Mississippi Pilot Charged After Threatening to Crash Stolen Plane Into Walmart

by Lauren Boisvert

On Saturday, September 3, around 5:30 am, a pilot circling Tupelo, Mississippi contacted police and threatened to crash his plane into a Walmart. The Tupelo Police Department evacuated the Walmart and surrounding buildings. Initially, police thought an employee of the Tupelo Regional Airport may have stolen a plane, but then suspected the pilot to be an employee of a fixed-base operator at the airport instead.

At 11 am CT the pilot landed the plane in an open field and was taken into police custody. 29-year-old Cory Wayne Patterson stole a Beechcraft King Air C90A, a twin-prop utility plane first flown in the early 1960s, from Tupelo Regional Airport. He then began circling Tupelo, contacting police and threatening to crash the plane.

One Twitter user posted the flight path early on Saturday, which showed Patterson’s agitated, hectic flying. Patterson posted what was essentially a goodbye note around 9:30 am on his Facebook page. It read, “Sorry everyone. Never wanted to actually hurt anyone. I love my parents and sister this isn’t your fault. Goodbye.”

Todd Jordan, Tupelo Mayor, expressed that he hopes Patterson “will get the help he needs.” Mississippi Governor Tate Reeves posted a tweet after Patterson was apprehended, thanking law enforcement and everyone involved. “Thank you most of all to local, state, and federal law enforcement who managed this situation with extreme professionalism,” he wrote.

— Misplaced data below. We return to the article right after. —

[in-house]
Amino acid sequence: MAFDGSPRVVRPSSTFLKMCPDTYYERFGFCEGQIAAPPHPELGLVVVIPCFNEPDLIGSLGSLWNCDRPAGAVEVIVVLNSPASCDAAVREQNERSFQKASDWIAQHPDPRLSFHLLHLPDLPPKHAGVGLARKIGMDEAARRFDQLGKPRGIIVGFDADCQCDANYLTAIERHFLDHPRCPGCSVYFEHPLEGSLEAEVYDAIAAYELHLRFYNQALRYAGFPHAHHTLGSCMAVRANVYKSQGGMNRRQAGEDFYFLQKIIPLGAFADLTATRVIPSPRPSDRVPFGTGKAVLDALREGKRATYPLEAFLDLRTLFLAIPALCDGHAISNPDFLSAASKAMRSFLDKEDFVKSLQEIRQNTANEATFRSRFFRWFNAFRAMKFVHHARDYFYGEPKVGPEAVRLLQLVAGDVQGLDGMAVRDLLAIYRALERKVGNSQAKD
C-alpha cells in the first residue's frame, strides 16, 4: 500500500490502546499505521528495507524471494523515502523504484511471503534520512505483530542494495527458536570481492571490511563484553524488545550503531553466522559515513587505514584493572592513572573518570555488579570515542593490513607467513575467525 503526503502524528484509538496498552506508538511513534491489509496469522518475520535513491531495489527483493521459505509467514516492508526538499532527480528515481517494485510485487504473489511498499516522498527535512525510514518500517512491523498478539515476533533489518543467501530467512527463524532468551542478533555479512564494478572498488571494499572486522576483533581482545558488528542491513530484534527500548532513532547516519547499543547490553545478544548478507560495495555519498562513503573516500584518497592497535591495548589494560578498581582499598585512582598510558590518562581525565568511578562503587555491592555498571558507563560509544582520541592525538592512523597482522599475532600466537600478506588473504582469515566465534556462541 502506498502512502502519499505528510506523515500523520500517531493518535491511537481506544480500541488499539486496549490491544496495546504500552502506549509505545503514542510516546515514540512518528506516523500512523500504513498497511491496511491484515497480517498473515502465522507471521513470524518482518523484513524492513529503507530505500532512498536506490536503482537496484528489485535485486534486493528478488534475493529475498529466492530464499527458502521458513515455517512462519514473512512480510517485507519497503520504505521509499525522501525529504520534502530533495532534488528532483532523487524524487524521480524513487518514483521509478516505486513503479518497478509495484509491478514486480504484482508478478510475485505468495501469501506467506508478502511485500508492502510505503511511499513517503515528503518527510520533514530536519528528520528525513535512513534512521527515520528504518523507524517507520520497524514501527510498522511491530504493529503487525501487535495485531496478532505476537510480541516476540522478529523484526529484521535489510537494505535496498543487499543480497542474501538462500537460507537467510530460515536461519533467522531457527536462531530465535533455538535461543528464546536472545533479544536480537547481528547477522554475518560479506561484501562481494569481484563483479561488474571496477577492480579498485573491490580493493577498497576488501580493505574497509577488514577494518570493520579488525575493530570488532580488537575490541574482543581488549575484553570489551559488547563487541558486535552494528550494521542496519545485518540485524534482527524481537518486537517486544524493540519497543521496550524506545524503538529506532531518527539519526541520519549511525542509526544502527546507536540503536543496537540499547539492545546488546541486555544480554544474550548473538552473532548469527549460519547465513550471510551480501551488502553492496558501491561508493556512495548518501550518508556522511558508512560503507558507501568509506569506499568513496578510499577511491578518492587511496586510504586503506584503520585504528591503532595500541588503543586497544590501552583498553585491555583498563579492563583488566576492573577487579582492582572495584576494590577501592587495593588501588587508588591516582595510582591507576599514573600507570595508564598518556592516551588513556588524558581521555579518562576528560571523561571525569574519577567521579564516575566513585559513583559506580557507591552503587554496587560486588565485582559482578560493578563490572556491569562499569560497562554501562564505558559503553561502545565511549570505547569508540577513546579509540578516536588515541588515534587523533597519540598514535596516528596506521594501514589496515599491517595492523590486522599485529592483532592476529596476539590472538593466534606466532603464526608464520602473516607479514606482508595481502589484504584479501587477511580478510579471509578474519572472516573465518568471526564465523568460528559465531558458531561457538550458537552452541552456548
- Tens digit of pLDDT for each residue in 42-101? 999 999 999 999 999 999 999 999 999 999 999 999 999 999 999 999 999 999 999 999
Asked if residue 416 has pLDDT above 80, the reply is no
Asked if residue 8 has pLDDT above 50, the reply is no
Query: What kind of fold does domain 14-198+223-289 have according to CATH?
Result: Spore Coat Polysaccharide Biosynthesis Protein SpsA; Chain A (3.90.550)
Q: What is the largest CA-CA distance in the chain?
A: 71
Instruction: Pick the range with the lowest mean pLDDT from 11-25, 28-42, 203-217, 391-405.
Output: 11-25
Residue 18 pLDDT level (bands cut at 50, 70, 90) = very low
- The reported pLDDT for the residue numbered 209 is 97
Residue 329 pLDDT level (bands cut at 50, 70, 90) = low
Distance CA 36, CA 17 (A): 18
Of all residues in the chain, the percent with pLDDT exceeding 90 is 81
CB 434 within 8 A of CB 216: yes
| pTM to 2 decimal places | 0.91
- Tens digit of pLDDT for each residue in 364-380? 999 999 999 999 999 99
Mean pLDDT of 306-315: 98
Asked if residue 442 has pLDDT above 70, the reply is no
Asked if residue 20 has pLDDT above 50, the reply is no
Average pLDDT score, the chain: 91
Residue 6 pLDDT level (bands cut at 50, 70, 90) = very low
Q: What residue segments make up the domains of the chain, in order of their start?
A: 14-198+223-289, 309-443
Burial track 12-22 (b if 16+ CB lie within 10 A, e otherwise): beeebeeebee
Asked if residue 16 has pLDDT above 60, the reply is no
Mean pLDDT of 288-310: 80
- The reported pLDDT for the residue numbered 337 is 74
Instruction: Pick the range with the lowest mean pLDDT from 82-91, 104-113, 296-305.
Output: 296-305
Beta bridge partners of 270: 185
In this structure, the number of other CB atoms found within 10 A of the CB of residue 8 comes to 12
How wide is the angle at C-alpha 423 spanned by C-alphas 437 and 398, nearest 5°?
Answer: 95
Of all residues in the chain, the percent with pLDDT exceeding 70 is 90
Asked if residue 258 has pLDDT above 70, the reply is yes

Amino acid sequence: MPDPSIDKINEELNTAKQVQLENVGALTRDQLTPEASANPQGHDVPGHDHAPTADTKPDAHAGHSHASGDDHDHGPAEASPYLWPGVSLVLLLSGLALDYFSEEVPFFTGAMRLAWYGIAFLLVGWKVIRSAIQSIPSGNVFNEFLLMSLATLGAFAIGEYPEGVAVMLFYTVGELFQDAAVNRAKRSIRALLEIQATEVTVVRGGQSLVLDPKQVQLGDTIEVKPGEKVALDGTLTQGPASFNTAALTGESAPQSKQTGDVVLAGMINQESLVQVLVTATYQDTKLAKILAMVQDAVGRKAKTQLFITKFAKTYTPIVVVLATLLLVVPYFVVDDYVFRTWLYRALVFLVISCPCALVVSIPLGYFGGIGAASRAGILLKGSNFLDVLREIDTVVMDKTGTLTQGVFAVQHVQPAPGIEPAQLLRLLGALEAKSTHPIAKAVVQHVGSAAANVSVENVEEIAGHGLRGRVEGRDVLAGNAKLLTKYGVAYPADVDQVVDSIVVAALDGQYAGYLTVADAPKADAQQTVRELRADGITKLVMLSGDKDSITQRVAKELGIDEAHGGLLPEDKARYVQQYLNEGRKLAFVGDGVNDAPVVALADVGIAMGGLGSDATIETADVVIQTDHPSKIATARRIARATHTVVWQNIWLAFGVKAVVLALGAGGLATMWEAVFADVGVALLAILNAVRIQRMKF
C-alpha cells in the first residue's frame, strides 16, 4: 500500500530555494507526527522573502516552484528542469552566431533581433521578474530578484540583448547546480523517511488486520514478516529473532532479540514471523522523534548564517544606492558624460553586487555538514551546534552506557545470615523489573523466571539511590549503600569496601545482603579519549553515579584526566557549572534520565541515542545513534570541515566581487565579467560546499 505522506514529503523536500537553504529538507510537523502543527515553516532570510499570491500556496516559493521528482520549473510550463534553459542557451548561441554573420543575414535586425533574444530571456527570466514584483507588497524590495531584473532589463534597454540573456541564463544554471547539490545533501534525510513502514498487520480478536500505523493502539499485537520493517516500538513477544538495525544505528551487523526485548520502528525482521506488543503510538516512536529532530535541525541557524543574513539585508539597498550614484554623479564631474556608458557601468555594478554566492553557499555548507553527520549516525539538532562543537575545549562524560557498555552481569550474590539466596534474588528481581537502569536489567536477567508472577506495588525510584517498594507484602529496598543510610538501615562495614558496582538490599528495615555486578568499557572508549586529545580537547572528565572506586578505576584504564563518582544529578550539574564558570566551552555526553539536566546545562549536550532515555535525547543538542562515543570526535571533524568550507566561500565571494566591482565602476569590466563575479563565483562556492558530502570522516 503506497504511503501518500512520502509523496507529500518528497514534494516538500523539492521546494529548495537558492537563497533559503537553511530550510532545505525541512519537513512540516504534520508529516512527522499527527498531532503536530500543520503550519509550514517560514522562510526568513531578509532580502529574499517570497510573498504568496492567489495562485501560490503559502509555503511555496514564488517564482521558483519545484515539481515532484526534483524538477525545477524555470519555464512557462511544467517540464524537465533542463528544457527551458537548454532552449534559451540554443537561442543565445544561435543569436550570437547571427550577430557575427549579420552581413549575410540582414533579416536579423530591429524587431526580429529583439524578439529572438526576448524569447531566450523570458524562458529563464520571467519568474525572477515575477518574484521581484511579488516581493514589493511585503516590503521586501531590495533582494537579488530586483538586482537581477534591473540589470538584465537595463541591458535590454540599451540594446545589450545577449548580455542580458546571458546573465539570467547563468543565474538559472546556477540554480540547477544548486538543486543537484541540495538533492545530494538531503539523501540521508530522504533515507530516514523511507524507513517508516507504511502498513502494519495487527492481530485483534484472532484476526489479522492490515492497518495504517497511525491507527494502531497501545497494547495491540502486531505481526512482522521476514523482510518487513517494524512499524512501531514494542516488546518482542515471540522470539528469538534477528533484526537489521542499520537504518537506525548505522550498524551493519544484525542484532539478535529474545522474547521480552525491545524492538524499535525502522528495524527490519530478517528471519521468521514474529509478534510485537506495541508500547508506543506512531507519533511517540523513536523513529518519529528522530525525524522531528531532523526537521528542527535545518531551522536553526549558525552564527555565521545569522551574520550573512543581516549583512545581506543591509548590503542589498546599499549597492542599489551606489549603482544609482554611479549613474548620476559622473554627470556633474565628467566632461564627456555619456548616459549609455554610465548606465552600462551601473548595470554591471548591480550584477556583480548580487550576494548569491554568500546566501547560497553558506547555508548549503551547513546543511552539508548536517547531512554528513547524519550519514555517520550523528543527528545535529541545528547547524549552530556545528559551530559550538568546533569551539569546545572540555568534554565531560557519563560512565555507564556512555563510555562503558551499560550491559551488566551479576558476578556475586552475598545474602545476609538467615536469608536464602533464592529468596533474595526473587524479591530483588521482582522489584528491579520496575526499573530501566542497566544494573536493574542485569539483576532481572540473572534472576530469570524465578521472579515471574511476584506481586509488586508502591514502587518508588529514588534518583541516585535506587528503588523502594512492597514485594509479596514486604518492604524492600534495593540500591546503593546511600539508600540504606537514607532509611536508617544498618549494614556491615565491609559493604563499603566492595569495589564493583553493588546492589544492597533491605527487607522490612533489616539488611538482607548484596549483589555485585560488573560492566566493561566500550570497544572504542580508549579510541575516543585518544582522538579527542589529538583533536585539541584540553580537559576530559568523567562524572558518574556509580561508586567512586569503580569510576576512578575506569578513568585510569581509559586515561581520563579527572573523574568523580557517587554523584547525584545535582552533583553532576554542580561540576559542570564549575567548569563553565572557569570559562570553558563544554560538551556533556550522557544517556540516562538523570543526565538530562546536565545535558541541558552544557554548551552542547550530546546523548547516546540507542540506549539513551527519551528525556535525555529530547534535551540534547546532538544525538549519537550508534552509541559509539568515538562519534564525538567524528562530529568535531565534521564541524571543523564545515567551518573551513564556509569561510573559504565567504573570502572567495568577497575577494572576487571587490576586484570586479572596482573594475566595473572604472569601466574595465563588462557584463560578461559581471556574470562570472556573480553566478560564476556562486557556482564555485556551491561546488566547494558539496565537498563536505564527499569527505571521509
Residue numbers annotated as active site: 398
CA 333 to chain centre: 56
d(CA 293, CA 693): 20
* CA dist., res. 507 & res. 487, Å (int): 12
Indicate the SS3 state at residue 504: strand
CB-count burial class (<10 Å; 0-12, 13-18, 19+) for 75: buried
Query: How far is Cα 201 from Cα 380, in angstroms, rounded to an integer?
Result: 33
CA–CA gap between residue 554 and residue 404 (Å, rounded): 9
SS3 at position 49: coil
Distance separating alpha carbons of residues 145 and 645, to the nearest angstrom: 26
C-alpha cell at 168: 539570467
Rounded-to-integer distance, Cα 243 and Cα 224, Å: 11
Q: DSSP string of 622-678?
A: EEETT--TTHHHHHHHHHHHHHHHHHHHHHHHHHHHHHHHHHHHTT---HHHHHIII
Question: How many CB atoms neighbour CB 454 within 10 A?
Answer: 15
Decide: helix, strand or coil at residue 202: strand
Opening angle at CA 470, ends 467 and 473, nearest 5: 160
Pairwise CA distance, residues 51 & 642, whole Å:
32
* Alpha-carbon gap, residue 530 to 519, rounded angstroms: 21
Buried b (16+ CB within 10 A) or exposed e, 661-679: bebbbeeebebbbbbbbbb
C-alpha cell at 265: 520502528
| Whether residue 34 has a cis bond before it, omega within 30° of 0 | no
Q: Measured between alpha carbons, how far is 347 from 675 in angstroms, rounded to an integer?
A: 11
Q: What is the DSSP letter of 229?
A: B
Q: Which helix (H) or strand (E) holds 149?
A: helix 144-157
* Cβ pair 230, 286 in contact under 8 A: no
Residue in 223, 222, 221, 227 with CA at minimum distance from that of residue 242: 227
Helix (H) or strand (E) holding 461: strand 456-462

Inexperienced Pilot Circles Tupelo, Threatens to Crash, Then Safely Lands in Field

While Patterson was in the air, negotiators with the police department spoke with him, trying to convince him to land the plane safely. According to WKRN, Patterson did not have the skills to land the plane on his own. Another pilot had to talk him through it. He eventually landed in an open field where he was arrested and taken into custody.

As of now, Patterson faces charges of grand larceny and making a terroristic threat, according to the Lee County Sheriff’s Department. He did not possess a pilot’s license, but he worked for Tupelo Aviation. Because of his job, he had basic flight training. His main job was fueling aircraft.

Initially, the plan was for Patterson to land at Tupelo Regional Airport, but at the last minute, he changed his flight path. Negotiators lost radio contact around 10:08 am, but reestablished contact at 10:12 am when Patterson then informed them that he had landed in a field. The soybean field he landed in was 40 miles north of Tupelo. Currently, police are investigating a motive.

Mayor Todd Jordan said in a statement that he had spoken with Patterson’s family. “I believe that after the initial threat, he did not want to hurt himself, or anyone else, and I believe that we had what you would think would be the best-case scenario,” he said.